|"To make it worse, the XP professional CD was lost."|
That's not necessarily a disaster. You can use a utility to find the existing Product Key code, if have no idea what it is, that is hidden on the computer (in the Registry I believe; it is encrypted in some way), such as Keyfinder.exe (it also finds other Microsoft Product keys).
You could borrow an XP CD from someone who has the same version she had (with or without SP2 - it should preferably be the same), fix (Repair) the Pro installation, and still have the original product key and product Activation intact.
(if you don't know how to Repair an existing XP installation see this for one way of doing it:
What you should have done is get XP Pro, of the same version preferably (if all you could get is with SP2 and she didn't have that it will still work) not Home, and you would have been able to Repair you existing installation rather than install from scratch again, and not lose the existing installation. If the CD is the same version as she had, you could use the original product key and keep the product Activation intact.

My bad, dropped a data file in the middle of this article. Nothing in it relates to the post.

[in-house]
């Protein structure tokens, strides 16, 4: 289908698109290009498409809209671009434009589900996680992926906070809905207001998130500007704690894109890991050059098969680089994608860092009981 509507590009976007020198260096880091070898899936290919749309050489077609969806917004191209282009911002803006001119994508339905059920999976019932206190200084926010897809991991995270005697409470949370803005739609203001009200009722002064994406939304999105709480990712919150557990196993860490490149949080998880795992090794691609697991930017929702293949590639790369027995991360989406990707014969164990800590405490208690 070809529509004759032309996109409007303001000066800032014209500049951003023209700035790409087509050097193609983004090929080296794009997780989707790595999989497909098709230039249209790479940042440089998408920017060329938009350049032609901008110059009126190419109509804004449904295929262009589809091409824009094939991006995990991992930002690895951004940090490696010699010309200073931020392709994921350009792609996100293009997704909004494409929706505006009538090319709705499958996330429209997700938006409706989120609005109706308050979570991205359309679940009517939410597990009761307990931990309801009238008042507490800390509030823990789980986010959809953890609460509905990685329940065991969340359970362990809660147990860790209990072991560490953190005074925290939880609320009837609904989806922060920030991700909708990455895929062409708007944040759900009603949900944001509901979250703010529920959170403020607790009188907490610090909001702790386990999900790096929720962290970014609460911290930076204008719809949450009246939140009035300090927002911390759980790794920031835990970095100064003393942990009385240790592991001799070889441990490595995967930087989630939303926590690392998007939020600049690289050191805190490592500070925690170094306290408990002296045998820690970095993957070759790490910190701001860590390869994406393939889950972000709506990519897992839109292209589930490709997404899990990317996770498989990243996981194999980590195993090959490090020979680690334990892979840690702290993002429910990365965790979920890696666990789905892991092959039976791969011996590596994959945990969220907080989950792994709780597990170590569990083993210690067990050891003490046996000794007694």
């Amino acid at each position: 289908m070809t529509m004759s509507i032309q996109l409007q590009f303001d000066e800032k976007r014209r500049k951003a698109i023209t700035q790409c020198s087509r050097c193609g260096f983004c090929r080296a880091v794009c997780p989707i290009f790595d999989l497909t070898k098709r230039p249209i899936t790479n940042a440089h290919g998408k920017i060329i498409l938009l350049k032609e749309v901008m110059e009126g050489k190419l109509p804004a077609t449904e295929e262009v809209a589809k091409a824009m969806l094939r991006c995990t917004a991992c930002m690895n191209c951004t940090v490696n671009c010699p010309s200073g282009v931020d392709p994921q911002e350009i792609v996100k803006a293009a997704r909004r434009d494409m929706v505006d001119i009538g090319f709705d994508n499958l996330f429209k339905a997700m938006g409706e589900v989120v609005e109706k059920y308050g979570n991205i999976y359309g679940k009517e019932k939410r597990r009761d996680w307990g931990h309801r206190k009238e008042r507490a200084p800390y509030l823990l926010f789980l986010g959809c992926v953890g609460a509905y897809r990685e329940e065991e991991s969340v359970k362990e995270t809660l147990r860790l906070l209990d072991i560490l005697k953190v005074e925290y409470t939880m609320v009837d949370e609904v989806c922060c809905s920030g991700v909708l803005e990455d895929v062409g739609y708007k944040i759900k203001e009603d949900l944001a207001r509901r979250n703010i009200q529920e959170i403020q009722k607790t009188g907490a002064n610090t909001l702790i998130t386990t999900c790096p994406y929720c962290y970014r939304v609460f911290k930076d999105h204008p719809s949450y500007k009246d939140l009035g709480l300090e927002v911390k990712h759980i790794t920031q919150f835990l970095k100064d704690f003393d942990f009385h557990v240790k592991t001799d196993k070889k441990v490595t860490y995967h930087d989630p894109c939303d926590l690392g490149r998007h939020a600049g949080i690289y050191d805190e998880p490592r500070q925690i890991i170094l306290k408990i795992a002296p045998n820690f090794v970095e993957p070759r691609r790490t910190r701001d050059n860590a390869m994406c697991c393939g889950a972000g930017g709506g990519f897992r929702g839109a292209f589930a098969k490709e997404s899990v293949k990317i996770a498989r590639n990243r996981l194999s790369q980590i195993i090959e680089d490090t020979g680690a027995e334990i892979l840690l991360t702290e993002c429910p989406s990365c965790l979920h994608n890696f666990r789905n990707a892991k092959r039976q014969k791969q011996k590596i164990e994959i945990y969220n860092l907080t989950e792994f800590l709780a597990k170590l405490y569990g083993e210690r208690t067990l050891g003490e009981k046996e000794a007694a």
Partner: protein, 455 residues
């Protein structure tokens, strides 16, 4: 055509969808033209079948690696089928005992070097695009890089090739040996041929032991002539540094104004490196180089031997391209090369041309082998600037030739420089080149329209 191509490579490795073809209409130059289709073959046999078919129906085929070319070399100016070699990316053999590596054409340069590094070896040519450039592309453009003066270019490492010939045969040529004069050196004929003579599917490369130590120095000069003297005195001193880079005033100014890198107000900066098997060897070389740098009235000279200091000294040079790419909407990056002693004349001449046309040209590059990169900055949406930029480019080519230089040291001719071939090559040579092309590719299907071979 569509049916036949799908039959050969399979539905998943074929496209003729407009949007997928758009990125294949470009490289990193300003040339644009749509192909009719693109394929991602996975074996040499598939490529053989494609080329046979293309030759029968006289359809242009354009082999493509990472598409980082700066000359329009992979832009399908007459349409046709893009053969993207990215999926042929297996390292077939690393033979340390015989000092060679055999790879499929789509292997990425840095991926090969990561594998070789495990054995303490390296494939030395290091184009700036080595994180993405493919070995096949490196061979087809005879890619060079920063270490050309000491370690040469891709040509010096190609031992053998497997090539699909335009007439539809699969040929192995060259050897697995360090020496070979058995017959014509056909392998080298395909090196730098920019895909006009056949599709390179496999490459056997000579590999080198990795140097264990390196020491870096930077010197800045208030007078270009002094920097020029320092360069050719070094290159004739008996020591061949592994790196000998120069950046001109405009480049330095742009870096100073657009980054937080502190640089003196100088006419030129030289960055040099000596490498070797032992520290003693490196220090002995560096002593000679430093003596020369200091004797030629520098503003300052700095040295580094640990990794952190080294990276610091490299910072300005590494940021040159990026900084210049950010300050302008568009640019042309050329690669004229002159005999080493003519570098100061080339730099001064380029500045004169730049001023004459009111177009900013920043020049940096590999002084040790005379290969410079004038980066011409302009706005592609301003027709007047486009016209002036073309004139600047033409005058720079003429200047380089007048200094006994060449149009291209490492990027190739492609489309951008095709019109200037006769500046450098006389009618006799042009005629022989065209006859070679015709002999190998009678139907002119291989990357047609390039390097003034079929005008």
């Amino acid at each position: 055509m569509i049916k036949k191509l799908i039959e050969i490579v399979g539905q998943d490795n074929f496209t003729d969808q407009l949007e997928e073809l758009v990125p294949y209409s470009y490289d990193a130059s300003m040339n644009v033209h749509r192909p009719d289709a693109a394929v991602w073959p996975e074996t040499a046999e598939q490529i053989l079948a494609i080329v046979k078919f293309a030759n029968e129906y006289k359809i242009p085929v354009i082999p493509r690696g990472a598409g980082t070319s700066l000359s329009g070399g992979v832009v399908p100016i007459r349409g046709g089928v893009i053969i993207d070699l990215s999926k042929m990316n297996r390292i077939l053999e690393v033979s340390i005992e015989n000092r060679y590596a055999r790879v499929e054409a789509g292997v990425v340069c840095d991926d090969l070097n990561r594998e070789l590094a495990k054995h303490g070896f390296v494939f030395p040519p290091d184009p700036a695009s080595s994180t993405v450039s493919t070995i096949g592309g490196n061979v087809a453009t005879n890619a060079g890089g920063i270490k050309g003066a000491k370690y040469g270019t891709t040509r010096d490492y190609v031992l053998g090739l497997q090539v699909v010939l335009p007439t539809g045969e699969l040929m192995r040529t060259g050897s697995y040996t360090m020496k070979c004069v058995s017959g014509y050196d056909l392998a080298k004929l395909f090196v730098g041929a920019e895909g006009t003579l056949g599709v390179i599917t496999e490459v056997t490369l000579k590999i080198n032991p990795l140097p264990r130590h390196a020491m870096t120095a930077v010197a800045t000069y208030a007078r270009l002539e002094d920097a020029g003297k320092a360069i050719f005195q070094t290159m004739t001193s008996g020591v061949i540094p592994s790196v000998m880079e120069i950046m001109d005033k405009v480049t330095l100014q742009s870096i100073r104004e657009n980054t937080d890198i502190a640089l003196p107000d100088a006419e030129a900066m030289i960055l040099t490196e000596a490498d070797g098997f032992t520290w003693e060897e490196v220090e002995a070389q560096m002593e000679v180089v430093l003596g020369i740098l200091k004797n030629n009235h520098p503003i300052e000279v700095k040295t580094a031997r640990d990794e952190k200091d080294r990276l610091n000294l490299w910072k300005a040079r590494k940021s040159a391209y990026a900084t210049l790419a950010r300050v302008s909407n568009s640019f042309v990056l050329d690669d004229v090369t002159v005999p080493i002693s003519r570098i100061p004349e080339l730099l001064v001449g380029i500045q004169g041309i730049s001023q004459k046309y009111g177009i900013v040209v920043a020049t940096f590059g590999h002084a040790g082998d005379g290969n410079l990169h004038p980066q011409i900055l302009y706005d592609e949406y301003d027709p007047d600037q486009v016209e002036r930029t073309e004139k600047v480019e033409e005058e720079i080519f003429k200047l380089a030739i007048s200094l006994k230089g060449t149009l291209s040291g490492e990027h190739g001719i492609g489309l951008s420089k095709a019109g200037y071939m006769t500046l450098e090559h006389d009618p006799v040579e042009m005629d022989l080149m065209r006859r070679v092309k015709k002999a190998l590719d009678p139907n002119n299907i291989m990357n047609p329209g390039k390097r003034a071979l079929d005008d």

If you chose to install from scratch with the new CD, you could just use the new Product Key.
But now you've got yourself in a fine mess.
Get yourself a free hard drive diagnostics utility from the website of the brand of hard drive you are having problems with. Test the hard drive - if it passes, continue these steps.
If not, you need to get another hard drive and do other things to recover what data you can that she thinks is essential from that drive.
What you should try, providing you have the disk space, is to start from scratch again with the XP Home CD, and install it to a directory OTHER THAN C:\Windows AND wherever the other installations are, say C:\Windows2
That should give you a normal clean install, but some of the programs in C:\Program Files will not work. Reinstall all the software you can to the new Windows directory (e.g. \Windows2), and many of the programs she originally had will work and still have at least some of the stuff she added to them still intact.
That should yield you a functioning Windows.
Delete any directory entries and their contents in C:\Program Files you don't have the CD's for to install again.
You can later clean up the other useless stuff through means other than Windows if you need to.
If you don't have enough room to install XP Home again, you'll have to delete some stuff to make room - anything that can be downloaded again, any directory entries and their contents in C:\Program Files you don't have the CD's for to install again, Temporary Internet Files, etc. etc.
You may have to do the latter with the drive connected e.g. as Slave, and another Drive as Master that has XP on it so it can see the NTFS formatting.